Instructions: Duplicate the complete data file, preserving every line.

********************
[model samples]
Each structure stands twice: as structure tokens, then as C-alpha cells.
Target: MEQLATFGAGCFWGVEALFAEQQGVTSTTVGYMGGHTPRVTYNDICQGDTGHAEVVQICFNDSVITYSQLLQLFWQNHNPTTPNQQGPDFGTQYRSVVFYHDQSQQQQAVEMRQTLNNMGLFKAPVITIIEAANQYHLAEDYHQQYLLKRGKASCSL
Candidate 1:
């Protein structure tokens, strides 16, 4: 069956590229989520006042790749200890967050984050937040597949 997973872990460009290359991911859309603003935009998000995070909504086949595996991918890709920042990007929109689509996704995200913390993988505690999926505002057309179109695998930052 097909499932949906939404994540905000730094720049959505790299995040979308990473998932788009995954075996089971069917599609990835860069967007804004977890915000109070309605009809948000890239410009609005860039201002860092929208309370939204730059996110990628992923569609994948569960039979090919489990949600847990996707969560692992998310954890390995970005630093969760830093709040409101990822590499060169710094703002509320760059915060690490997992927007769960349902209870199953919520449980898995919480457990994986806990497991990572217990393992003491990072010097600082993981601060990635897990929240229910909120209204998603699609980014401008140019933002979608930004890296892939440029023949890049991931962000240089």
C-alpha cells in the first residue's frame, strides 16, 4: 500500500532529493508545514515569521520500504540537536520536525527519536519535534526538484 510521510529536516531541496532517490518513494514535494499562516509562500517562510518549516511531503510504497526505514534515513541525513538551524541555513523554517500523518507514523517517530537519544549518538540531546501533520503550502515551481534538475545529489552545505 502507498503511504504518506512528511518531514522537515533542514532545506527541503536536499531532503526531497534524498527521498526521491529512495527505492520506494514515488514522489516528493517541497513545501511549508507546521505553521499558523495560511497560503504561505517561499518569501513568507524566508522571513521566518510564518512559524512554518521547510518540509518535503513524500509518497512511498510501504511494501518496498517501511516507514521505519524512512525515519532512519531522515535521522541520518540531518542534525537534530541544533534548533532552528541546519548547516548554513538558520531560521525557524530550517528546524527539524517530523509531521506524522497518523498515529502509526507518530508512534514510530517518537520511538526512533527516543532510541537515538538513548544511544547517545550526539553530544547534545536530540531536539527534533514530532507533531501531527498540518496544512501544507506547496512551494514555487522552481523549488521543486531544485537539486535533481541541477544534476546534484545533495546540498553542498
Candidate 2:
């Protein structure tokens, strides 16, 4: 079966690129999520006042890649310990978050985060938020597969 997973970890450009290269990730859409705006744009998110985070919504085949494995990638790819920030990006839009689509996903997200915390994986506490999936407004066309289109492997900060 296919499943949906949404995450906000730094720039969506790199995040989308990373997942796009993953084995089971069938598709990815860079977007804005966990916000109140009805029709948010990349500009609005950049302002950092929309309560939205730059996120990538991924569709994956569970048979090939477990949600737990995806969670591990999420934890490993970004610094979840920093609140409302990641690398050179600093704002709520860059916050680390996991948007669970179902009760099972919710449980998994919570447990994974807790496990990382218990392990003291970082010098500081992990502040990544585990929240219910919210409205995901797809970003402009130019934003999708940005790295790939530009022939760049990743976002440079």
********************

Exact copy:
[model samples]
Each structure stands twice: as structure tokens, then as C-alpha cells.
Target: MEQLATFGAGCFWGVEALFAEQQGVTSTTVGYMGGHTPRVTYNDICQGDTGHAEVVQICFNDSVITYSQLLQLFWQNHNPTTPNQQGPDFGTQYRSVVFYHDQSQQQQAVEMRQTLNNMGLFKAPVITIIEAANQYHLAEDYHQQYLLKRGKASCSL
Candidate 1:
């Protein structure tokens, strides 16, 4: 069956590229989520006042790749200890967050984050937040597949 997973872990460009290359991911859309603003935009998000995070909504086949595996991918890709920042990007929109689509996704995200913390993988505690999926505002057309179109695998930052 097909499932949906939404994540905000730094720049959505790299995040979308990473998932788009995954075996089971069917599609990835860069967007804004977890915000109070309605009809948000890239410009609005860039201002860092929208309370939204730059996110990628992923569609994948569960039979090919489990949600847990996707969560692992998310954890390995970005630093969760830093709040409101990822590499060169710094703002509320760059915060690490997992927007769960349902209870199953919520449980898995919480457990994986806990497991990572217990393992003491990072010097600082993981601060990635897990929240229910909120209204998603699609980014401008140019933002979608930004890296892939440029023949890049991931962000240089």
C-alpha cells in the first residue's frame, strides 16, 4: 500500500532529493508545514515569521520500504540537536520536525527519536519535534526538484 510521510529536516531541496532517490518513494514535494499562516509562500517562510518549516511531503510504497526505514534515513541525513538551524541555513523554517500523518507514523517517530537519544549518538540531546501533520503550502515551481534538475545529489552545505 502507498503511504504518506512528511518531514522537515533542514532545506527541503536536499531532503526531497534524498527521498526521491529512495527505492520506494514515488514522489516528493517541497513545501511549508507546521505553521499558523495560511497560503504561505517561499518569501513568507524566508522571513521566518510564518512559524512554518521547510518540509518535503513524500509518497512511498510501504511494501518496498517501511516507514521505519524512512525515519532512519531522515535521522541520518540531518542534525537534530541544533534548533532552528541546519548547516548554513538558520531560521525557524530550517528546524527539524517530523509531521506524522497518523498515529502509526507518530508512534514510530517518537520511538526512533527516543532510541537515538538513548544511544547517545550526539553530544547534545536530540531536539527534533514530532507533531501531527498540518496544512501544507506547496512551494514555487522552481523549488521543486531544485537539486535533481541541477544534476546534484545533495546540498553542498
Candidate 2:
């Protein structure tokens, strides 16, 4: 079966690129999520006042890649310990978050985060938020597969 997973970890450009290269990730859409705006744009998110985070919504085949494995990638790819920030990006839009689509996903997200915390994986506490999936407004066309289109492997900060 296919499943949906949404995450906000730094720039969506790199995040989308990373997942796009993953084995089971069938598709990815860079977007804005966990916000109140009805029709948010990349500009609005950049302002950092929309309560939205730059996120990538991924569709994956569970048979090939477990949600737990995806969670591990999420934890490993970004610094979840920093609140409302990641690398050179600093704002709520860059916050680390996991948007669970179902009760099972919710449980998994919570447990994974807790496990990382218990392990003291970082010098500081992990502040990544585990929240219910919210409205995901797809970003402009130019934003999708940005790295790939530009022939760049990743976002440079």